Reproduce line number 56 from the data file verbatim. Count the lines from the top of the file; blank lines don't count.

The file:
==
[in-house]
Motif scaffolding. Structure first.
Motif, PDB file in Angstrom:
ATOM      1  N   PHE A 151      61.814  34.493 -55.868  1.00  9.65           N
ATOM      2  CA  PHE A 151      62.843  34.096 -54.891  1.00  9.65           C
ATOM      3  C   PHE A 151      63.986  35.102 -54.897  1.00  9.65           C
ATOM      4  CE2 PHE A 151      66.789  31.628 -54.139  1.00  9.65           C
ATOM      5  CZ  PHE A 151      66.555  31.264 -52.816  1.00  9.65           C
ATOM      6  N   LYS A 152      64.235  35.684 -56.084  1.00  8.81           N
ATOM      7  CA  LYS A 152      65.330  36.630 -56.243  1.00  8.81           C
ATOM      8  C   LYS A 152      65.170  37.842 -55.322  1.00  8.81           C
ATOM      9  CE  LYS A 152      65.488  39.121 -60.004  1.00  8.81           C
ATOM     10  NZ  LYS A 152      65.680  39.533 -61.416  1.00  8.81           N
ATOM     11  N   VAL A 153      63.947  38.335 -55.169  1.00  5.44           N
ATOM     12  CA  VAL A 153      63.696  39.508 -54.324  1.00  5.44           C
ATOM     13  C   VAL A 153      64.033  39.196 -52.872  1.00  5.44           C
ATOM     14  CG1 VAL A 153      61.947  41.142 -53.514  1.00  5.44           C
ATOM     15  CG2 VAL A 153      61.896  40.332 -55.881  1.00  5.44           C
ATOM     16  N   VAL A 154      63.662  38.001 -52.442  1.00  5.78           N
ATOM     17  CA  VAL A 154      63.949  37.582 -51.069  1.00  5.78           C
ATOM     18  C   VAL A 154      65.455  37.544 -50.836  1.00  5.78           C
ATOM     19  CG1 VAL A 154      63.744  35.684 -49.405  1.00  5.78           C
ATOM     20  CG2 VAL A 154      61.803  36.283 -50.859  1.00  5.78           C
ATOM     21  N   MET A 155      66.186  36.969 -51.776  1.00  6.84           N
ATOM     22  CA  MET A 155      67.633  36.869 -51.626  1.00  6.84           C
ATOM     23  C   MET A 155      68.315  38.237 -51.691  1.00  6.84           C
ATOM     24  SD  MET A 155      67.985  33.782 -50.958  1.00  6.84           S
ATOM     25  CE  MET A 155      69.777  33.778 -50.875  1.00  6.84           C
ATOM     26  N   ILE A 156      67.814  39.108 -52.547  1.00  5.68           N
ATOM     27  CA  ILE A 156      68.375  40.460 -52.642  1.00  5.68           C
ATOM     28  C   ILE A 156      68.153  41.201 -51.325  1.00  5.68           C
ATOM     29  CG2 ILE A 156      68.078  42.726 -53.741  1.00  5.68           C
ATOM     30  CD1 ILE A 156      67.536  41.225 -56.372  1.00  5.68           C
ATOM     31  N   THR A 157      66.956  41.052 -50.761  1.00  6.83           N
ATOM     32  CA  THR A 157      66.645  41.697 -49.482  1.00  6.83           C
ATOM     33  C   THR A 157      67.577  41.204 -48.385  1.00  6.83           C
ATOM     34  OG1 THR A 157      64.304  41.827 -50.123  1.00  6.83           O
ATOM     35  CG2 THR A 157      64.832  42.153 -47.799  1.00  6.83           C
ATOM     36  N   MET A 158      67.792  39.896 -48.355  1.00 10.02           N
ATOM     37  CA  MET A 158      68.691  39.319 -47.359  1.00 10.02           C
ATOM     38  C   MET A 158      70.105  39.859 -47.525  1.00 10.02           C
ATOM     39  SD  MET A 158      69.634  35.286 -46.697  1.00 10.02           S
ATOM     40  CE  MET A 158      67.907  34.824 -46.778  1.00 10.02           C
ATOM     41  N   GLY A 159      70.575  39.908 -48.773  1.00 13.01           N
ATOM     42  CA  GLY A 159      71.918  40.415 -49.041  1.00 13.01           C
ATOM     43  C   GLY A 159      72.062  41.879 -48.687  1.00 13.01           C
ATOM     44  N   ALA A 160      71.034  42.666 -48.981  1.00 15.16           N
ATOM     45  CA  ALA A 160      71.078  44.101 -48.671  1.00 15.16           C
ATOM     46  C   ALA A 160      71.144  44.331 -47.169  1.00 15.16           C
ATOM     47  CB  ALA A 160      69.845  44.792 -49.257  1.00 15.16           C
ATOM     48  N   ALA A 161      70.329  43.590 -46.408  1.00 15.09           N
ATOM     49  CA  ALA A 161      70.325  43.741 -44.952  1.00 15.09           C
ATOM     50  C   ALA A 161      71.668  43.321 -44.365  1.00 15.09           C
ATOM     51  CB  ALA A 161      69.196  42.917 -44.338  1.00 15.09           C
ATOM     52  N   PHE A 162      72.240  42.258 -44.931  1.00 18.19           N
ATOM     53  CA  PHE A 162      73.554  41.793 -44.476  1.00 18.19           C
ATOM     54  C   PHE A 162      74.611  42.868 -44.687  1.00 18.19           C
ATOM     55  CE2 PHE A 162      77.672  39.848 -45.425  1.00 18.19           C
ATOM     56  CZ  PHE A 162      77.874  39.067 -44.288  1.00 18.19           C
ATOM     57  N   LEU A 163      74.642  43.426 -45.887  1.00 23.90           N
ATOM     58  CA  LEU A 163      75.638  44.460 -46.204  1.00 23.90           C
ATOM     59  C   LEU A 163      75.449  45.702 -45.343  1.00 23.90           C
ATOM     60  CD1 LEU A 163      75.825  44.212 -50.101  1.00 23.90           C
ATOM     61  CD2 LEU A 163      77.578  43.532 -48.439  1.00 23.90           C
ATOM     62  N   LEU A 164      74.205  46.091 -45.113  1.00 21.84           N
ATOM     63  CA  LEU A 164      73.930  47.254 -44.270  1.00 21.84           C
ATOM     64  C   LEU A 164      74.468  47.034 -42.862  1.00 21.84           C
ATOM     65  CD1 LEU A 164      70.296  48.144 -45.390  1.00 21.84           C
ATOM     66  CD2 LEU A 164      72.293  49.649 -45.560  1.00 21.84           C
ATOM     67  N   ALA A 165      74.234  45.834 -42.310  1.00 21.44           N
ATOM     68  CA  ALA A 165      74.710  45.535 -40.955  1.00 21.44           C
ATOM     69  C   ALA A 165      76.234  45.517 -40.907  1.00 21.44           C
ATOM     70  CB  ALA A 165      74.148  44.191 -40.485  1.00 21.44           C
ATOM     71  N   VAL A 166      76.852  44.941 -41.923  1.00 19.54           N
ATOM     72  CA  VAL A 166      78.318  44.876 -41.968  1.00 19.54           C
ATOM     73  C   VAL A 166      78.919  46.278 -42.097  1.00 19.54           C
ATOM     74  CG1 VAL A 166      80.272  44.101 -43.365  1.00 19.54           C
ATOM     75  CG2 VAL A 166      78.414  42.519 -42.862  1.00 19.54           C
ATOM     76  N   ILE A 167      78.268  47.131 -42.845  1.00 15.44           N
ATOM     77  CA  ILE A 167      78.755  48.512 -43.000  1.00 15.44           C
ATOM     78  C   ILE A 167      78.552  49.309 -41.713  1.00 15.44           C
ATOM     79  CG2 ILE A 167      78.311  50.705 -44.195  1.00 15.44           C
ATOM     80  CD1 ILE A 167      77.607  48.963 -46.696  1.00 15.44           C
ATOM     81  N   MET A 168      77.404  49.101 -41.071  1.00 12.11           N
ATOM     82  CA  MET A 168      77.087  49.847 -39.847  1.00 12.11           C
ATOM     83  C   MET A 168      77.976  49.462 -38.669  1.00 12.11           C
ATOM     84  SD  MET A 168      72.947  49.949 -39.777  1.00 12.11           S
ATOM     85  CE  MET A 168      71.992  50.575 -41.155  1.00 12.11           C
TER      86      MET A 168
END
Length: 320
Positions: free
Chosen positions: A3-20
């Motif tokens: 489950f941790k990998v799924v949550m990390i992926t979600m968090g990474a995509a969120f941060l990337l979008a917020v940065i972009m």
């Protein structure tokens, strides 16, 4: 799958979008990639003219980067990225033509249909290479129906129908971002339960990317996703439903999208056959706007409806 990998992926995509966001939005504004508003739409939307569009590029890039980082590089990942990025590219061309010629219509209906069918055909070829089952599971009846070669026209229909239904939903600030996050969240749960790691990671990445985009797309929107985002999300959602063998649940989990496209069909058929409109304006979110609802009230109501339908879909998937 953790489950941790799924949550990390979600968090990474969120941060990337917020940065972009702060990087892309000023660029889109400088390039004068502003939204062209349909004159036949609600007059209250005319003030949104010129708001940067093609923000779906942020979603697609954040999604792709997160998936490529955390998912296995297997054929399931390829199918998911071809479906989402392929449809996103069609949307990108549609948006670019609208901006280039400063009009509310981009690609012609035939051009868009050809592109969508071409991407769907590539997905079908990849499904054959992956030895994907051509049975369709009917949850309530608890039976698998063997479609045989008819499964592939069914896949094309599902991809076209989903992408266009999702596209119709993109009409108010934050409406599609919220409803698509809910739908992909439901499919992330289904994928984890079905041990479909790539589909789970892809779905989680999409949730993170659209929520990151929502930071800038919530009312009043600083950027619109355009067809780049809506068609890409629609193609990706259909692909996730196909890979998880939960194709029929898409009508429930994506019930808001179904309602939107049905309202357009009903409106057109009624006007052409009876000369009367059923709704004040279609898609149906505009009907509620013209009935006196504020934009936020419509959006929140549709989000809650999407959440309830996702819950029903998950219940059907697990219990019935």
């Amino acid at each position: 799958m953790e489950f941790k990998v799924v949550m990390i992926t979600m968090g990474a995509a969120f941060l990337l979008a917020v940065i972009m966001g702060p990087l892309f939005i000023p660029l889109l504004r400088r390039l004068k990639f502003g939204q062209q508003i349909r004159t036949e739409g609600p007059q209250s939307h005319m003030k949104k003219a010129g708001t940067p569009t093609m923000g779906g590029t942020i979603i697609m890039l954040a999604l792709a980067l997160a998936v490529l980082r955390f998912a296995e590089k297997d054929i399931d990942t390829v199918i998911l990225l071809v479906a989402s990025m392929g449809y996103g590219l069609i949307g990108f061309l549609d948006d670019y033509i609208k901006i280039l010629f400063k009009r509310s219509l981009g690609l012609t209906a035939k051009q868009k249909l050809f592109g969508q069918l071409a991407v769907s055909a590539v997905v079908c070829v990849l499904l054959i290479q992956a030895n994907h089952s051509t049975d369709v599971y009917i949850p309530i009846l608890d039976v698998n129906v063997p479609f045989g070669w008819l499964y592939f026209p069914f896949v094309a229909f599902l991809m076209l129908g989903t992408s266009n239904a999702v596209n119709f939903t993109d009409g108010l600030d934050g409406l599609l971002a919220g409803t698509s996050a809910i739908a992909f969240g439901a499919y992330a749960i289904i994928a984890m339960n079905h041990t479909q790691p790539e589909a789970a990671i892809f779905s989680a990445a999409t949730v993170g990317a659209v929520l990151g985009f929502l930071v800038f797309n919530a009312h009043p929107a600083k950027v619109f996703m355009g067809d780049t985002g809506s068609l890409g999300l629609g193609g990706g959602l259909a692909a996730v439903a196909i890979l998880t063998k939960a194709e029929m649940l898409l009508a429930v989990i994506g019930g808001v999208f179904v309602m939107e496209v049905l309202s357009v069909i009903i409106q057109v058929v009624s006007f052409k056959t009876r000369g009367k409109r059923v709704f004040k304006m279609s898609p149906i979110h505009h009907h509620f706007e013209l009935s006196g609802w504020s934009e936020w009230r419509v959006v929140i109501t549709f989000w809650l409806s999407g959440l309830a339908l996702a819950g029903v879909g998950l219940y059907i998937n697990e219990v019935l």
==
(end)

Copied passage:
ATOM     53  CA  PHE A 162      73.554  41.793 -44.476  1.00 18.19           C